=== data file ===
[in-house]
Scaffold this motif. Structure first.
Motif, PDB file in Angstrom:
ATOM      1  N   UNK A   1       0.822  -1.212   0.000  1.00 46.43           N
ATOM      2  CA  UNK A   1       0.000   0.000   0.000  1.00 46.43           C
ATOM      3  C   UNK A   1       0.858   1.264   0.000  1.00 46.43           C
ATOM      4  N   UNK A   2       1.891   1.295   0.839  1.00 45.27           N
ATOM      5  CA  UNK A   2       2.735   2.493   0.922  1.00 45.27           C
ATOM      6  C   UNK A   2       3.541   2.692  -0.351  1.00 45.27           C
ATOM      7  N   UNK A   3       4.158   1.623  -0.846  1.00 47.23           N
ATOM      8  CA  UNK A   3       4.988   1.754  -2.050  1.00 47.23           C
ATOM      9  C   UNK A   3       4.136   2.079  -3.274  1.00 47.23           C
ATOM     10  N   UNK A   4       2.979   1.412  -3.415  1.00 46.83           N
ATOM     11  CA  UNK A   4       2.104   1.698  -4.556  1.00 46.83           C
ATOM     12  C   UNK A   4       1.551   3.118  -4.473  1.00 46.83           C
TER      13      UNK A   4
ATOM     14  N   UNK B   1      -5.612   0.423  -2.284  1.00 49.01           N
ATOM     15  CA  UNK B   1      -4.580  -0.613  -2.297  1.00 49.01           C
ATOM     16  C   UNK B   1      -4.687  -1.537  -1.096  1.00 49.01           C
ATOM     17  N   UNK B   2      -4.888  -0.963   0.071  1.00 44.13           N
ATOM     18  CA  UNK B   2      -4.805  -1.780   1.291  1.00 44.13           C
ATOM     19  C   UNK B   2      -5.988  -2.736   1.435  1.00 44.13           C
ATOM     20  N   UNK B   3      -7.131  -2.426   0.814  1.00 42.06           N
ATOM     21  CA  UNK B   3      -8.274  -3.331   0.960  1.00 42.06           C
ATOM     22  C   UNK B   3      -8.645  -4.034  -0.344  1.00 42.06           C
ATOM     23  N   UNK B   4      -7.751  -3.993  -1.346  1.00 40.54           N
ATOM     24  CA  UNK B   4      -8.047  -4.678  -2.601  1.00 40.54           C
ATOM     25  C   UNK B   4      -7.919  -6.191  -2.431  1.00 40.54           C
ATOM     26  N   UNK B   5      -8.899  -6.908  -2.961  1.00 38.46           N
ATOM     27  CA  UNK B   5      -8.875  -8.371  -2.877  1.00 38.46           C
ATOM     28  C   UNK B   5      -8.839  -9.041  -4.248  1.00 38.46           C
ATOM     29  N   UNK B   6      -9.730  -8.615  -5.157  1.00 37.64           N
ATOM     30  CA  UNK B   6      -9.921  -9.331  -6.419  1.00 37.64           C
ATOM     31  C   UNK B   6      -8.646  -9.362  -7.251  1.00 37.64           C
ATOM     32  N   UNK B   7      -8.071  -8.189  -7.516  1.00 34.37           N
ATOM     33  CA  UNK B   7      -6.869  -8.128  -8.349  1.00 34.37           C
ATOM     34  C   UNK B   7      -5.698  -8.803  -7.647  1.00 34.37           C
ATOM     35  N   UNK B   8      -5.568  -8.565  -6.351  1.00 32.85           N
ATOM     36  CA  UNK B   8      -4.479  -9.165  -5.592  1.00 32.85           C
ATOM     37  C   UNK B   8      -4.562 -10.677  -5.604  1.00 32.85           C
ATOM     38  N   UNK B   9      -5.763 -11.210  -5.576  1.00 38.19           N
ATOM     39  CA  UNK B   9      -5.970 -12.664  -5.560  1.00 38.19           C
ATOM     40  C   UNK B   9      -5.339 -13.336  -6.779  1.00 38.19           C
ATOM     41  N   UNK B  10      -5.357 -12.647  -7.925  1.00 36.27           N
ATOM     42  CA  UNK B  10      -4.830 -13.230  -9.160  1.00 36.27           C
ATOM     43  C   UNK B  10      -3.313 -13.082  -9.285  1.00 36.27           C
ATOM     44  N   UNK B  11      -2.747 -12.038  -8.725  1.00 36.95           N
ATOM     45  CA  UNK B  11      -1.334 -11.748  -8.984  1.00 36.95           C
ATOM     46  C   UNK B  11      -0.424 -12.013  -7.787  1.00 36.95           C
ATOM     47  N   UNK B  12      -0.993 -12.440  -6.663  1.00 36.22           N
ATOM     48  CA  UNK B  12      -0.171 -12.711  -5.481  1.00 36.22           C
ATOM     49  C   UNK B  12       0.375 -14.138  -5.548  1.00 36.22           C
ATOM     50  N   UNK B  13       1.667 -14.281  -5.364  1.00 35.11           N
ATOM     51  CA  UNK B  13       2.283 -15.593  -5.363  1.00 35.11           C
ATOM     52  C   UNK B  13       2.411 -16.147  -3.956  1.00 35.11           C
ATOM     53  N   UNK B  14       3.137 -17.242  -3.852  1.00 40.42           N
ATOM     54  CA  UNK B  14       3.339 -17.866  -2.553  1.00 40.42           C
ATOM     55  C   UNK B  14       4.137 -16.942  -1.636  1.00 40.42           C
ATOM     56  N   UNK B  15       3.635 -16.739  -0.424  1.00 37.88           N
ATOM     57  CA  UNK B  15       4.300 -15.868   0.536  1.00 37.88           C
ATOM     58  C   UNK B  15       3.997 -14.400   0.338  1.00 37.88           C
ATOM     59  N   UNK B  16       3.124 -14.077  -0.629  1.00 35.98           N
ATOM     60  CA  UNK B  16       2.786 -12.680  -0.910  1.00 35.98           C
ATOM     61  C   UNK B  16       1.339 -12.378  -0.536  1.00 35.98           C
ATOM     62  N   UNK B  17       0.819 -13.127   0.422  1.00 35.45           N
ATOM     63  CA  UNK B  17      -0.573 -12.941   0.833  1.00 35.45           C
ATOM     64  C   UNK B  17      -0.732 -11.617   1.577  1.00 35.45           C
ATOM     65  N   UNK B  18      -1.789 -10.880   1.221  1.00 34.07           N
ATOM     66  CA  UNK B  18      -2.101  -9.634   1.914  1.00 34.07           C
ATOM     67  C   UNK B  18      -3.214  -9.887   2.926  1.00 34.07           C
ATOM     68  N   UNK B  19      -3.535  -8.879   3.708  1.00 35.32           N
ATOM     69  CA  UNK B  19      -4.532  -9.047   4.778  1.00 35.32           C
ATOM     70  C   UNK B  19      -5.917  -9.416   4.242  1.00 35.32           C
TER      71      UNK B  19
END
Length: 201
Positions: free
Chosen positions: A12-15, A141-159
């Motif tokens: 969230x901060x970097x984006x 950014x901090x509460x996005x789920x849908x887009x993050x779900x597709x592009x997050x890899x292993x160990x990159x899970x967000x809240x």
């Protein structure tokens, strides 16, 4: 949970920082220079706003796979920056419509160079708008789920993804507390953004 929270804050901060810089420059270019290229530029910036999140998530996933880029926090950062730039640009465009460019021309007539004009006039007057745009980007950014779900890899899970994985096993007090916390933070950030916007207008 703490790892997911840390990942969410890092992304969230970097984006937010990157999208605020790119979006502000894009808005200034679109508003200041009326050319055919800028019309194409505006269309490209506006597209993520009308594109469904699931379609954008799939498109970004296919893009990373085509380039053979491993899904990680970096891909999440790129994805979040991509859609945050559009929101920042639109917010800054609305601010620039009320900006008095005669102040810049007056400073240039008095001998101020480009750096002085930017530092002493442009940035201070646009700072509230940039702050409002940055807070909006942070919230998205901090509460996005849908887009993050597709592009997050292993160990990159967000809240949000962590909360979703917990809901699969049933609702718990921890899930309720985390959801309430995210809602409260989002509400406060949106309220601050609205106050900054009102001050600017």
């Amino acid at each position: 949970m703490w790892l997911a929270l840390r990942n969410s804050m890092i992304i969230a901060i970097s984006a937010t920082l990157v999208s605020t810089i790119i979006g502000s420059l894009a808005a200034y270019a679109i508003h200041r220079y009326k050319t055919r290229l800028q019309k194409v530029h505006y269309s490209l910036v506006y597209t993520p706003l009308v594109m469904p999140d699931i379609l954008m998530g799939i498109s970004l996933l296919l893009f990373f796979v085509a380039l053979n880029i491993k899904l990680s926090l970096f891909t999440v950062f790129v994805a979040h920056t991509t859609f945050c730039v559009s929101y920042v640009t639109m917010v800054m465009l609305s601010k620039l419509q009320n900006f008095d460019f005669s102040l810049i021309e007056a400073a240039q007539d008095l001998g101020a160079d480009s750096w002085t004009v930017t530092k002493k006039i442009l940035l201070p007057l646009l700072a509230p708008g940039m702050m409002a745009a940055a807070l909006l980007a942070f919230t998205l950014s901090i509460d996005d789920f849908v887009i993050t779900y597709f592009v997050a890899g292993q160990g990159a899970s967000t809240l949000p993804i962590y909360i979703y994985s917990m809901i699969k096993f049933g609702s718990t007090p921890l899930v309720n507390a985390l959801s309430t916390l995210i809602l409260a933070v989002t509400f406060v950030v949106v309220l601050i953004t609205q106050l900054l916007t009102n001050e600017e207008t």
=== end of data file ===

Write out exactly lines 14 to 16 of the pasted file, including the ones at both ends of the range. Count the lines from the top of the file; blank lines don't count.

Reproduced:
ATOM     11  CA  UNK A   4       2.104   1.698  -4.556  1.00 46.83           C
ATOM     12  C   UNK A   4       1.551   3.118  -4.473  1.00 46.83           C
TER      13      UNK A   4